This project has been carried out by the Institute for Technology Assessment and Systems Analysis (ITAS), Karlsruhe Institute of Technology (KIT) as a member of the European Technology Assessment Group (ETAG). PROJECT LEADER :Jens Schippl, ITAS AUTHORS: Jens Schippl, ITAS, KIT; Maike Puhe, ITAS, KIT
Urban transport is related to a wide range of unsolved problems and challenges that need to be tackled in order to guarantee a high quality of life in European cities and to make the transport system an even more efficient pillar of the European economies. This final report highlights relevant aspects and pathways for a transition to a more sustainable urban transport system. For this purpose, relevant technologies and the factors influencing end-user behaviour were analysed, as well as the interrelations between them. The transport system is understood as a socio-technical system of five key elements: paradigms and visions, mobility patterns, technologies and infrastructures, business models, and transport policies. In this report it is illustrated that changes in all elements of the transport system are taking place: - On the one hand, a broad range of innovative technologies and concepts to achieve sustainable urban transport are emerging or are already used. - On the other hand, the paradigm of sustainable transport is about to dominate transport planning in many urban areas and at different governmental levels – which has by far not always been like this. Further there is evidence that travel behaviour is not as static as it seems, but rather changes over time. In several countries, the travel behaviour of some societal groups is evidently changing. All of the five elements offer pathways to sustainable urban transport. Nevertheless, successful pathways do not only require new developments in one of these elements, but in several or in all of them, and at the same time. Against this background it is essential that governance strategies deal with the transport system as a whole. Integrated policies need to consider technical, as well as non-technical factors and developments. The facilitation of learning opportunities is crucial. Innovations need “spaces” to be tested and demonstrated. But, for a successful transition, the transport users need to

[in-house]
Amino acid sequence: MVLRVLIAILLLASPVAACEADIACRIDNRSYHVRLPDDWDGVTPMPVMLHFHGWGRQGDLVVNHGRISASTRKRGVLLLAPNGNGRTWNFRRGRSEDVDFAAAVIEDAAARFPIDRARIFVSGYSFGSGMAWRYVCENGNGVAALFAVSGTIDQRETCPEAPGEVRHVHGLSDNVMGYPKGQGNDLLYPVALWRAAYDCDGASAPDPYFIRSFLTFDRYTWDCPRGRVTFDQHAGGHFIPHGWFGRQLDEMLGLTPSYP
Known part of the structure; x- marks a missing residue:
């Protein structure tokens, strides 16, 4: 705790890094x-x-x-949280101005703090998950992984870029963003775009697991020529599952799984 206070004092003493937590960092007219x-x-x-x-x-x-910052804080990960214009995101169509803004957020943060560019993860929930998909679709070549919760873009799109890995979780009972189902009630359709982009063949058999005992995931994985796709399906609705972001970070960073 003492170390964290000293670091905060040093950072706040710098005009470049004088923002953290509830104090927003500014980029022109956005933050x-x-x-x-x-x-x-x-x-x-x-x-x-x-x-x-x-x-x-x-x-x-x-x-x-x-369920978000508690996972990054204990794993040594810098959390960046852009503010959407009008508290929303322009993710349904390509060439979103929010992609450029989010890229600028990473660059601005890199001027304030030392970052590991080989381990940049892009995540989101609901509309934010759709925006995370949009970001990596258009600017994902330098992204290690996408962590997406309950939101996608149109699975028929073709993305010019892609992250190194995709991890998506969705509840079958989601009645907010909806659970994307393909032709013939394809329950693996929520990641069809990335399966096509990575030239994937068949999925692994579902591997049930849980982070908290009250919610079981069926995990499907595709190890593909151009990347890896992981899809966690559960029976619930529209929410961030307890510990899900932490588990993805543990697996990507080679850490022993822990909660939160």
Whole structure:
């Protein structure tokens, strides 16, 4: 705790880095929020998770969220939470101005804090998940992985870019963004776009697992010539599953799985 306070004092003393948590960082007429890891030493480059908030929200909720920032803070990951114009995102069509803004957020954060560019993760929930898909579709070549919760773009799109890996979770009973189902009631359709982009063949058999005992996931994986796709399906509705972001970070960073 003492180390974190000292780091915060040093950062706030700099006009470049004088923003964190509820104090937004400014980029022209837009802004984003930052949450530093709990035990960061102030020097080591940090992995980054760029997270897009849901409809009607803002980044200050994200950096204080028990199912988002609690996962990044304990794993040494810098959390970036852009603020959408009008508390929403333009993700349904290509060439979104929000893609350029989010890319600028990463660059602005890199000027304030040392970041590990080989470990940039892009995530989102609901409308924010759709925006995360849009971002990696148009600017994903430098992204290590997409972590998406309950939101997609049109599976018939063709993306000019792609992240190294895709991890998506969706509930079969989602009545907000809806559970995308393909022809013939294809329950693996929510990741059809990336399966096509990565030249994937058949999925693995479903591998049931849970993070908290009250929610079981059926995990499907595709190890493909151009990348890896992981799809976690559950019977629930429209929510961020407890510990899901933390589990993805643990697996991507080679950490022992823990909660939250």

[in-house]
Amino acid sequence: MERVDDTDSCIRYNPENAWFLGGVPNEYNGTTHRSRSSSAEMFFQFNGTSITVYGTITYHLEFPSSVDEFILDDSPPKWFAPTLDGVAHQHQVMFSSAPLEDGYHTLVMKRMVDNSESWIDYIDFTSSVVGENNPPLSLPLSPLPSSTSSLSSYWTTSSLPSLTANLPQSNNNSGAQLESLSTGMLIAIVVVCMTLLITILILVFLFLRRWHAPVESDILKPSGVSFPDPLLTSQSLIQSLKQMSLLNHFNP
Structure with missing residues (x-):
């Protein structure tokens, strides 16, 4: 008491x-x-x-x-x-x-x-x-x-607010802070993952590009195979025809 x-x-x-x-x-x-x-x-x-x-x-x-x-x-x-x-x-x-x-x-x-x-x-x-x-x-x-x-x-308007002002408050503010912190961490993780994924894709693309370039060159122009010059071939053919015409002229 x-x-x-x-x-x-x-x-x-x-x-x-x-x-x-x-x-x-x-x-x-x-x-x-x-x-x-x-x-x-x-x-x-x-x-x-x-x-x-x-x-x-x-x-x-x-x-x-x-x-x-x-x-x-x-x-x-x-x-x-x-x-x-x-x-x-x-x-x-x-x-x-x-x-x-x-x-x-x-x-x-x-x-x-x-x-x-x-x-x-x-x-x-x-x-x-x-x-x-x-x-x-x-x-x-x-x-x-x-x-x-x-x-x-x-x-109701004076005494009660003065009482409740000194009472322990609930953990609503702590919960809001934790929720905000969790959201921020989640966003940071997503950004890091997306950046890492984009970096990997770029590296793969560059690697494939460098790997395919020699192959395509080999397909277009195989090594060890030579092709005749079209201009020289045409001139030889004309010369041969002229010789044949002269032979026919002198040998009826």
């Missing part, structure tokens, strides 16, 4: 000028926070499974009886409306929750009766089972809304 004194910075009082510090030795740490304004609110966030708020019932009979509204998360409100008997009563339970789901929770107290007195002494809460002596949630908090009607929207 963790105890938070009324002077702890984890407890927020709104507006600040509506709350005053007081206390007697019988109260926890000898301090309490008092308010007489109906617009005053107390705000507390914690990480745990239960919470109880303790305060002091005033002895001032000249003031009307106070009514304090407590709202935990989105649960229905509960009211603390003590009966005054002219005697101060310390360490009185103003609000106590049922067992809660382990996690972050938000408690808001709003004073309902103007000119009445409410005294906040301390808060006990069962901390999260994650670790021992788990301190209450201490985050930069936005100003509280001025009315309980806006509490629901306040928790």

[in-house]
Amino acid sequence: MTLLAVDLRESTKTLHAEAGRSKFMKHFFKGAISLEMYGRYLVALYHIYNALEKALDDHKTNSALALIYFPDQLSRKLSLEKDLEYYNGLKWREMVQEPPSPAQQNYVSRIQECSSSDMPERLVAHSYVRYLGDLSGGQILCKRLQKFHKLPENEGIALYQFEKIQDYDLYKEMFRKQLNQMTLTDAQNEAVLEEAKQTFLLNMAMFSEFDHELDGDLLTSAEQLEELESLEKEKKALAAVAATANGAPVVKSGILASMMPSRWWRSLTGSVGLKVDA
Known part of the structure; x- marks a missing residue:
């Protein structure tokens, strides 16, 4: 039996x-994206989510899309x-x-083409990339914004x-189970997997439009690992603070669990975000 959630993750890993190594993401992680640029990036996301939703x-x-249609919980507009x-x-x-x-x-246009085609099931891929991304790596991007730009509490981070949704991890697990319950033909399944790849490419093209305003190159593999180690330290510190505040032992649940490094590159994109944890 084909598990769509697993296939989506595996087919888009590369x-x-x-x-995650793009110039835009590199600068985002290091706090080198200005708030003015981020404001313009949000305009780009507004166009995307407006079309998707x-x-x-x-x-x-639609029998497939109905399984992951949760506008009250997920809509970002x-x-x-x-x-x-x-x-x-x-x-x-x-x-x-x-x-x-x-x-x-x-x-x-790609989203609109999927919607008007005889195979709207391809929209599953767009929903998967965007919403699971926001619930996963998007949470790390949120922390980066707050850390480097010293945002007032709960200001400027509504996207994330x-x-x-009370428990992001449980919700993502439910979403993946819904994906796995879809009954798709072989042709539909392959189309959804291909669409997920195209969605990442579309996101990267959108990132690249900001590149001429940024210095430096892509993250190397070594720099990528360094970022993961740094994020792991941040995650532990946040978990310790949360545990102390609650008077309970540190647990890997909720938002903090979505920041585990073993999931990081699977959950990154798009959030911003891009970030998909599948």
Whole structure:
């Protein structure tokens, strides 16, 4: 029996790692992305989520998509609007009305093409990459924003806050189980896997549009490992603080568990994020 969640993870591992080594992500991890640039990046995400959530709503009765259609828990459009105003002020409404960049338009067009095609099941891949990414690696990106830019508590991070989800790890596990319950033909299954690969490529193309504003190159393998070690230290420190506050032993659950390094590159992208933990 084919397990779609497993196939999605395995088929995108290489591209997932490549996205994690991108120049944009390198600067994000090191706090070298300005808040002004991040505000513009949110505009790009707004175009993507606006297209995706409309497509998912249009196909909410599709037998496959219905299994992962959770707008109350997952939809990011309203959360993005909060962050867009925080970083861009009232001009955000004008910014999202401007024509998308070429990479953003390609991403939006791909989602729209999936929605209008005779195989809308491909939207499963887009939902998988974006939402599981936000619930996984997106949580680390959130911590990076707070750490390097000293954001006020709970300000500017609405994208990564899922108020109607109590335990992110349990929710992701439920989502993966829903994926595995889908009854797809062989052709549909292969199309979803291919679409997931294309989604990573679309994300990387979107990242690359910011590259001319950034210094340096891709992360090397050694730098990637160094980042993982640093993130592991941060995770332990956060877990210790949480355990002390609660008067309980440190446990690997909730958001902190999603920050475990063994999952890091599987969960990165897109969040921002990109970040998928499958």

Erik Arnold, Paula Knee, Neil Brown, Zsuzsa Jávorka, Flora Giarracca and Sabeen Sidiqui
This study describes knowledge transfer from European universities and institutes to industry, focusing on the role of the Industrial Liaison / Technology / Knowledge Transfer Office function. It explores practices in European institutions and compares these with international ones, especially from the USA. The project is based upon a comprehensive literature review and a programme of detailed case studies of knowledge transfer strategies and practices. It addresses the wide range of knowledge transfer activities undertaken by public research organisations, in addition to IP exploitation and their different effects on innovation in the business sector. It presents a model of the transition of PROs' knowledge transfer strategies from pure technology transfer based only on IP to a broader role in knowledge transfer and ultimately to a two-way process of knowledge exchange between PROs and industry and wider society. The report presents a number of policy options to support this process.